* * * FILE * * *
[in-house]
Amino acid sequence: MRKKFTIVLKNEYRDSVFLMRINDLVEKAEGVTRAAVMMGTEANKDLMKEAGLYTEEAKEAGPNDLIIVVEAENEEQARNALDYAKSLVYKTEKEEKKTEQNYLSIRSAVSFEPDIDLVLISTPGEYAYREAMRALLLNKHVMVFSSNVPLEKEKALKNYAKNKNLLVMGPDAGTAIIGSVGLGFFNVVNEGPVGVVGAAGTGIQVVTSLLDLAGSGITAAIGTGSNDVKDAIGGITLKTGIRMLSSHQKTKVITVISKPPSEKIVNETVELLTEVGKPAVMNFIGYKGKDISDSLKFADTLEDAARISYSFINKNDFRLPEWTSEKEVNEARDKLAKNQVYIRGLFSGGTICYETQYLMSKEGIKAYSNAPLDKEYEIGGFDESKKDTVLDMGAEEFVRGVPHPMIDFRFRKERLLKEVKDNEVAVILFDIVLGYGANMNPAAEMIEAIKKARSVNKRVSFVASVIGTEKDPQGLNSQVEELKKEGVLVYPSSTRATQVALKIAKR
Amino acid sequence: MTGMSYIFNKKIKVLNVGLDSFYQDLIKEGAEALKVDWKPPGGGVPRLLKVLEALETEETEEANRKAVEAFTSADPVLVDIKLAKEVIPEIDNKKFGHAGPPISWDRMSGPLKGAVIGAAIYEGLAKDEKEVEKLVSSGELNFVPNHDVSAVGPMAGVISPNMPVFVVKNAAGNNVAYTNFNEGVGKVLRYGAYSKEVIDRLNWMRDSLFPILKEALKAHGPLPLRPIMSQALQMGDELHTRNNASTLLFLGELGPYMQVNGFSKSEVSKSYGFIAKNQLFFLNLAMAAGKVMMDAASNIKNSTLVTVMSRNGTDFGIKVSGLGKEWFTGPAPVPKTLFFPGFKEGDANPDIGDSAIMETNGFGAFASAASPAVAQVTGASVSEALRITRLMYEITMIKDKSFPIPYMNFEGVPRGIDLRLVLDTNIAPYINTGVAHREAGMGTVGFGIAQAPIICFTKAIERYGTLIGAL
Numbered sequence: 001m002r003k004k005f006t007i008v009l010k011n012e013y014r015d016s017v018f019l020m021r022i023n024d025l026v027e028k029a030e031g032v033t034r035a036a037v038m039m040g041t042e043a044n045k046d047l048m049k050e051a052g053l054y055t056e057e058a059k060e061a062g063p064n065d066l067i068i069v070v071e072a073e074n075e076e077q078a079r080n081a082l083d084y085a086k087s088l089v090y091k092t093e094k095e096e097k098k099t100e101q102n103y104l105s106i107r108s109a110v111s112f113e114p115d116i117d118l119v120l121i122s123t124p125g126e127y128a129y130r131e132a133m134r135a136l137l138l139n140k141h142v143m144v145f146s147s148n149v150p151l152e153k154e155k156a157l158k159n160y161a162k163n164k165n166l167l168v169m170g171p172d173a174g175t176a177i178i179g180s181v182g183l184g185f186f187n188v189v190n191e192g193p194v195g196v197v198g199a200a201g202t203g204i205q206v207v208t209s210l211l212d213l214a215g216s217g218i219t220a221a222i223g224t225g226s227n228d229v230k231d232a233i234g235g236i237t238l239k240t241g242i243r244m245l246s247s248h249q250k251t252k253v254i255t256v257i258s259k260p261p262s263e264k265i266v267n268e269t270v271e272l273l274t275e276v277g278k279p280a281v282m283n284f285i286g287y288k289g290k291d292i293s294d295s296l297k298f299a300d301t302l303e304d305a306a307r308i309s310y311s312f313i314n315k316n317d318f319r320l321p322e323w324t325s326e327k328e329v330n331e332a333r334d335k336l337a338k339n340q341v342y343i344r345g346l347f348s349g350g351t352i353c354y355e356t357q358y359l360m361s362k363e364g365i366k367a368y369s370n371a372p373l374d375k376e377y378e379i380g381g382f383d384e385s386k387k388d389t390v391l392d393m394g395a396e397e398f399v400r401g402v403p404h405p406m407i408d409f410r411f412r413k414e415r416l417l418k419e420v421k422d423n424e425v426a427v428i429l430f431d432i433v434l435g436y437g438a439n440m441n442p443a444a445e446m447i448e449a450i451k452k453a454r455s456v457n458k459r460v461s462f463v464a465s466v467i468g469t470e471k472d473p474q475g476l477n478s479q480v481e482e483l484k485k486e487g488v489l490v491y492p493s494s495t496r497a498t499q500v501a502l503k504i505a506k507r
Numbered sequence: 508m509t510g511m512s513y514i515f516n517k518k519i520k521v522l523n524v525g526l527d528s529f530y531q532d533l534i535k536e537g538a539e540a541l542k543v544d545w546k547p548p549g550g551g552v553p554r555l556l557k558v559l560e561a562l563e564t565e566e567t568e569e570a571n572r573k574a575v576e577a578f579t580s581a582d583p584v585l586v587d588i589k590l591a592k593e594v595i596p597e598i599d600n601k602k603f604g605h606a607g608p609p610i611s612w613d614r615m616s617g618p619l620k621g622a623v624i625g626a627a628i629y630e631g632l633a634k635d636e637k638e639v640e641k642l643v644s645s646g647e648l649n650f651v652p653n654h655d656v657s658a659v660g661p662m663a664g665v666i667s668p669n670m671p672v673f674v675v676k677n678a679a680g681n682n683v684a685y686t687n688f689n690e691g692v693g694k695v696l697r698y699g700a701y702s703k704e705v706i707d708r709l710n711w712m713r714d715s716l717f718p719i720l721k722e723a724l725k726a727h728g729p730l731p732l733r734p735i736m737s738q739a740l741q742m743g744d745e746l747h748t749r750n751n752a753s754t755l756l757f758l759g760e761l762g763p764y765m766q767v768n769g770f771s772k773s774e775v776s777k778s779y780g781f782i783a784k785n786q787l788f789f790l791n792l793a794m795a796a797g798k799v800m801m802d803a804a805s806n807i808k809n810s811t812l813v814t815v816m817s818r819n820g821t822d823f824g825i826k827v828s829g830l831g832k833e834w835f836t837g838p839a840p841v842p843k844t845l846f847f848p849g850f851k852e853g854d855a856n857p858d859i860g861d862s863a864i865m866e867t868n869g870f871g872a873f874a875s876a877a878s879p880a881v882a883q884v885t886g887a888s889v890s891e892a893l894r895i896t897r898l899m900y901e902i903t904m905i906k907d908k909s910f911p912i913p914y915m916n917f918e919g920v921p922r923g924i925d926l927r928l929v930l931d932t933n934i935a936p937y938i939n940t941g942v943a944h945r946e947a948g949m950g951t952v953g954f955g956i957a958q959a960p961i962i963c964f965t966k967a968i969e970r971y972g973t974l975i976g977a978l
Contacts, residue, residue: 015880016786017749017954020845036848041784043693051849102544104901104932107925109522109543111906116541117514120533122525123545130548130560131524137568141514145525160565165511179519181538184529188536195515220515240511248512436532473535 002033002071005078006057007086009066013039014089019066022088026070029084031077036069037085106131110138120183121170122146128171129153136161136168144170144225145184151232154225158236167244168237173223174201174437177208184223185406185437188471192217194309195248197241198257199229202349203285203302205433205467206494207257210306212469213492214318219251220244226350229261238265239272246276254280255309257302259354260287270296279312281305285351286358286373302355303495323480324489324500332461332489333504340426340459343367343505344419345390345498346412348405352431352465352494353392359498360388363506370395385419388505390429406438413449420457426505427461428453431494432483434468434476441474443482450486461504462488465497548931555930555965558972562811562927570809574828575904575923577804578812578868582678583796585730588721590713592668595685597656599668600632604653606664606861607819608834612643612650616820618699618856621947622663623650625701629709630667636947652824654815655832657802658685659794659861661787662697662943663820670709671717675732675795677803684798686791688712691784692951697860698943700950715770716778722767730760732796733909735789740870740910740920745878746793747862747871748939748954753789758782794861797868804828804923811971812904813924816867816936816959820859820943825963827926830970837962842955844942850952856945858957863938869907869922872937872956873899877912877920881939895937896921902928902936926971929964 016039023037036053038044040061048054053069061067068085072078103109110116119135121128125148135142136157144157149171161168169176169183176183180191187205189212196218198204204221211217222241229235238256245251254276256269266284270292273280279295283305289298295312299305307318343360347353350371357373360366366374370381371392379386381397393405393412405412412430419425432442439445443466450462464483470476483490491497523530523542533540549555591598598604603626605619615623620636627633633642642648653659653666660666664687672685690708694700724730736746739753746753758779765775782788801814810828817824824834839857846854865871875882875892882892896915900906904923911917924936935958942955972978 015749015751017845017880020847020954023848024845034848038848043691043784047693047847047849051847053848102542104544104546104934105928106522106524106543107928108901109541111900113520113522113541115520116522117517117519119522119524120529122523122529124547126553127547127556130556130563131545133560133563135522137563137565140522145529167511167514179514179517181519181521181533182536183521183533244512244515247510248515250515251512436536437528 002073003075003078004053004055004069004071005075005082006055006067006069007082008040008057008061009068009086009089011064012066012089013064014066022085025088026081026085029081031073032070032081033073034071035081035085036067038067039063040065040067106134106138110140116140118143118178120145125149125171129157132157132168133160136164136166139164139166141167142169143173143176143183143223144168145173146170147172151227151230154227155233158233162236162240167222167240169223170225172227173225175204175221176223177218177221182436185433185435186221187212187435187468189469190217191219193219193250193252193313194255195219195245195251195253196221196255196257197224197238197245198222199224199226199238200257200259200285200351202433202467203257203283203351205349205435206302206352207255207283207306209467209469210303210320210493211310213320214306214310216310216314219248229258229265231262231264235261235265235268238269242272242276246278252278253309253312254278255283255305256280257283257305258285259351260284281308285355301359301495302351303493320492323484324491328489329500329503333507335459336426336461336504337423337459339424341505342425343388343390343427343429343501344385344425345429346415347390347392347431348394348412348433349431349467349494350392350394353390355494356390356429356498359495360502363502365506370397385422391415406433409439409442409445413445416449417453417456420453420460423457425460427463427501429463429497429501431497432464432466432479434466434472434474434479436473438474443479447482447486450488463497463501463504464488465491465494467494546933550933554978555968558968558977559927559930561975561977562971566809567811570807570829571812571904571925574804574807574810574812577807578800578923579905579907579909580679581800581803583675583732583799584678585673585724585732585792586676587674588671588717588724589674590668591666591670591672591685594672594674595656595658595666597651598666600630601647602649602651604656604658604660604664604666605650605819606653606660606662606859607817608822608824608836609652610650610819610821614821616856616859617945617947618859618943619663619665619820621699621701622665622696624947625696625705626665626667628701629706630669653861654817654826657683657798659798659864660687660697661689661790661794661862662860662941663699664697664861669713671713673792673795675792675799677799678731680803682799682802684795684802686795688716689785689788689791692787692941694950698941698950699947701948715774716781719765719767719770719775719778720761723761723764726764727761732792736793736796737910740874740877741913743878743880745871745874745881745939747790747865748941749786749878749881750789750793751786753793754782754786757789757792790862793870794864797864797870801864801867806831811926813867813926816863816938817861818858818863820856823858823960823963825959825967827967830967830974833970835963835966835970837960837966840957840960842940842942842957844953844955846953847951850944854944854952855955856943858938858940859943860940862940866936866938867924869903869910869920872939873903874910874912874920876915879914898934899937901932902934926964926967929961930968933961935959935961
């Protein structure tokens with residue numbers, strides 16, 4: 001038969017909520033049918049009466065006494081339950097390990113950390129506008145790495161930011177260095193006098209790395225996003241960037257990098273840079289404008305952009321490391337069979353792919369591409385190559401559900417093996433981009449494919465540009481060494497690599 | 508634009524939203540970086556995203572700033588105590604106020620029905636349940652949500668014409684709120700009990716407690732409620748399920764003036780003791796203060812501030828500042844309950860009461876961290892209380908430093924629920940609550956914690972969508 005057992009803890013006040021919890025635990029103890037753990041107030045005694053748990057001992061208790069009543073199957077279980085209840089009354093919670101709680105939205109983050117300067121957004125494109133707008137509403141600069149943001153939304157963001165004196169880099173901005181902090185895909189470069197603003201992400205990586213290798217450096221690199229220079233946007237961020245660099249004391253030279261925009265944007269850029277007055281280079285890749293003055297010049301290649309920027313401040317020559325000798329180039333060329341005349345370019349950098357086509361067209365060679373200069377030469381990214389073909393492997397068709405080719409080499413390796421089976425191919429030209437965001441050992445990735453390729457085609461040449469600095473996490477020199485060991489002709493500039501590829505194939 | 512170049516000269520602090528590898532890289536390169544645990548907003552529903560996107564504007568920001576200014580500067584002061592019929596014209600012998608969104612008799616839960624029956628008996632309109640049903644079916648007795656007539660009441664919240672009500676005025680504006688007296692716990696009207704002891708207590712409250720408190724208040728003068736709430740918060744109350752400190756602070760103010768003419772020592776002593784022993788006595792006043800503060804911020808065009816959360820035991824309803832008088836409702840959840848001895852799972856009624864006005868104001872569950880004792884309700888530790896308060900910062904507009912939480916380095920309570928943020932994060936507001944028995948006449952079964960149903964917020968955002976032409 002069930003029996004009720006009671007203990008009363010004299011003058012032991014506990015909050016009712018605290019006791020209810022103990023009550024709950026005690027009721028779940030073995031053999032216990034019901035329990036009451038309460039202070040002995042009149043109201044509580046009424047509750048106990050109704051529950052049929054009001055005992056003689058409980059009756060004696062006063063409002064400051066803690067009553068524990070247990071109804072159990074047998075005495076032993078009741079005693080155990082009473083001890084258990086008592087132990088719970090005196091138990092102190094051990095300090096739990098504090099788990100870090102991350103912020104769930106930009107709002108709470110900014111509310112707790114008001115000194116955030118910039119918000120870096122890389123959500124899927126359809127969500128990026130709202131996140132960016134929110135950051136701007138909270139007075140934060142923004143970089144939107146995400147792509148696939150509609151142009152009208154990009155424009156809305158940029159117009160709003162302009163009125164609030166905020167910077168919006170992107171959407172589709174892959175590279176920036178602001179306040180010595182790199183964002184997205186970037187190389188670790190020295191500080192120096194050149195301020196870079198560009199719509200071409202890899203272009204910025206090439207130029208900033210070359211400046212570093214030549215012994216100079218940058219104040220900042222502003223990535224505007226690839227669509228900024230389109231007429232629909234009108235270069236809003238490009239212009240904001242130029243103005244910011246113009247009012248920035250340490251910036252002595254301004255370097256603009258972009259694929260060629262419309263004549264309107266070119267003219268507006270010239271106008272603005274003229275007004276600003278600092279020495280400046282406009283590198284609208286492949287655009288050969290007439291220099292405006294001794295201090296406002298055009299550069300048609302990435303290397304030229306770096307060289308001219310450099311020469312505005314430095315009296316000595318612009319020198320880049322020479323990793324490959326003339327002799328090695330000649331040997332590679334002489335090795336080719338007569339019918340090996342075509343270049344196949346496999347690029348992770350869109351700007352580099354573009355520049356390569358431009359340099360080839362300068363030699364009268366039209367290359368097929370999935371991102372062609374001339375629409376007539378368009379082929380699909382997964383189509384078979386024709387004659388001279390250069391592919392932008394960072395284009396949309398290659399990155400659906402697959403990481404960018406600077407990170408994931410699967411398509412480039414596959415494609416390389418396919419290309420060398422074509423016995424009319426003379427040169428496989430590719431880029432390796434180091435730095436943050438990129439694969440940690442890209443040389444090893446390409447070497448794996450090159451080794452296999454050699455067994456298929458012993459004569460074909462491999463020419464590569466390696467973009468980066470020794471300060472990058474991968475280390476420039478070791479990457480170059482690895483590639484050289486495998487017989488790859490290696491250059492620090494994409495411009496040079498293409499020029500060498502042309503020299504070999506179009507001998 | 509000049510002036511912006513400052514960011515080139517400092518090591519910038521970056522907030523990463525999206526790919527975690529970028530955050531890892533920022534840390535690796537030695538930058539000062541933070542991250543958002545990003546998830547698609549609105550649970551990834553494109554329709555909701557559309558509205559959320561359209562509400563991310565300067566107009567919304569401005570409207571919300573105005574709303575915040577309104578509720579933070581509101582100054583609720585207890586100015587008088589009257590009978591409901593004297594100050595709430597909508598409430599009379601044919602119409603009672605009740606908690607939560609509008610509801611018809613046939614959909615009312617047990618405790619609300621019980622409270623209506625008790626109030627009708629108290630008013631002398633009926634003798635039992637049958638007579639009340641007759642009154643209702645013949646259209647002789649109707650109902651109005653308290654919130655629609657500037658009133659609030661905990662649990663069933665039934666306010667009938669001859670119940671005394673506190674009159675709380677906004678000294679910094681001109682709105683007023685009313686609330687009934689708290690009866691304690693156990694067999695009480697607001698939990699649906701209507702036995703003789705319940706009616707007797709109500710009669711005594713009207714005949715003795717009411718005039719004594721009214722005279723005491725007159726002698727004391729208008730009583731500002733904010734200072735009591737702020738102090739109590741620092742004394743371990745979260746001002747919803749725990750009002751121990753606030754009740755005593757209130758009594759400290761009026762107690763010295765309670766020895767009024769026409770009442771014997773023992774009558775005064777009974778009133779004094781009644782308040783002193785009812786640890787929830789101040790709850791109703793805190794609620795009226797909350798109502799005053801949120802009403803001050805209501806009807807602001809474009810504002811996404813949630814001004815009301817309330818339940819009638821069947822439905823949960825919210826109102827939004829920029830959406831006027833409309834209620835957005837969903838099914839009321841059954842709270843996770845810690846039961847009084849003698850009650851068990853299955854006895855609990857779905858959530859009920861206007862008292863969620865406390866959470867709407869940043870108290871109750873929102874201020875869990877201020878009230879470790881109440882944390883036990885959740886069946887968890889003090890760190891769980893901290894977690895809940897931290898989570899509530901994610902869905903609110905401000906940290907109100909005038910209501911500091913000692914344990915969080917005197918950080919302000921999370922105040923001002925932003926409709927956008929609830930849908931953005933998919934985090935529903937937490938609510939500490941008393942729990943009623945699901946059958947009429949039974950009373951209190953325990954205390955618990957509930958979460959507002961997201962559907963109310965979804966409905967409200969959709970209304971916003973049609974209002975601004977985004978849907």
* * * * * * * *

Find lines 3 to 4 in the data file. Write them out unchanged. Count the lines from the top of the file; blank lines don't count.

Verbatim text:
Amino acid sequence: MTGMSYIFNKKIKVLNVGLDSFYQDLIKEGAEALKVDWKPPGGGVPRLLKVLEALETEETEEANRKAVEAFTSADPVLVDIKLAKEVIPEIDNKKFGHAGPPISWDRMSGPLKGAVIGAAIYEGLAKDEKEVEKLVSSGELNFVPNHDVSAVGPMAGVISPNMPVFVVKNAAGNNVAYTNFNEGVGKVLRYGAYSKEVIDRLNWMRDSLFPILKEALKAHGPLPLRPIMSQALQMGDELHTRNNASTLLFLGELGPYMQVNGFSKSEVSKSYGFIAKNQLFFLNLAMAAGKVMMDAASNIKNSTLVTVMSRNGTDFGIKVSGLGKEWFTGPAPVPKTLFFPGFKEGDANPDIGDSAIMETNGFGAFASAASPAVAQVTGASVSEALRITRLMYEITMIKDKSFPIPYMNFEGVPRGIDLRLVLDTNIAPYINTGVAHREAGMGTVGFGIAQAPIICFTKAIERYGTLIGAL
Numbered sequence: 001m002r003k004k005f006t007i008v009l010k011n012e013y014r015d016s017v018f019l020m021r022i023n024d025l026v027e028k029a030e031g032v033t034r035a036a037v038m039m040g041t042e043a044n045k046d047l048m049k050e051a052g053l054y055t056e057e058a059k060e061a062g063p064n065d066l067i068i069v070v071e072a073e074n075e076e077q078a079r080n081a082l083d084y085a086k087s088l089v090y091k092t093e094k095e096e097k098k099t100e101q102n103y104l105s106i107r108s109a110v111s112f113e114p115d116i117d118l119v120l121i122s123t124p125g126e127y128a129y130r131e132a133m134r135a136l137l138l139n140k141h142v143m144v145f146s147s148n149v150p151l152e153k154e155k156a157l158k159n160y161a162k163n164k165n166l167l168v169m170g171p172d173a174g175t176a177i178i179g180s181v182g183l184g185f186f187n188v189v190n191e192g193p194v195g196v197v198g199a200a201g202t203g204i205q206v207v208t209s210l211l212d213l214a215g216s217g218i219t220a221a222i223g224t225g226s227n228d229v230k231d232a233i234g235g236i237t238l239k240t241g242i243r244m245l246s247s248h249q250k251t252k253v254i255t256v257i258s259k260p261p262s263e264k265i266v267n268e269t270v271e272l273l274t275e276v277g278k279p280a281v282m283n284f285i286g287y288k289g290k291d292i293s294d295s296l297k298f299a300d301t302l303e304d305a306a307r308i309s310y311s312f313i314n315k316n317d318f319r320l321p322e323w324t325s326e327k328e329v330n331e332a333r334d335k336l337a338k339n340q341v342y343i344r345g346l347f348s349g350g351t352i353c354y355e356t357q358y359l360m361s362k363e364g365i366k367a368y369s370n371a372p373l374d375k376e377y378e379i380g381g382f383d384e385s386k387k388d389t390v391l392d393m394g395a396e397e398f399v400r401g402v403p404h405p406m407i408d409f410r411f412r413k414e415r416l417l418k419e420v421k422d423n424e425v426a427v428i429l430f431d432i433v434l435g436y437g438a439n440m441n442p443a444a445e446m447i448e449a450i451k452k453a454r455s456v457n458k459r460v461s462f463v464a465s466v467i468g469t470e471k472d473p474q475g476l477n478s479q480v481e482e483l484k485k486e487g488v489l490v491y492p493s494s495t496r497a498t499q500v501a502l503k504i505a506k507r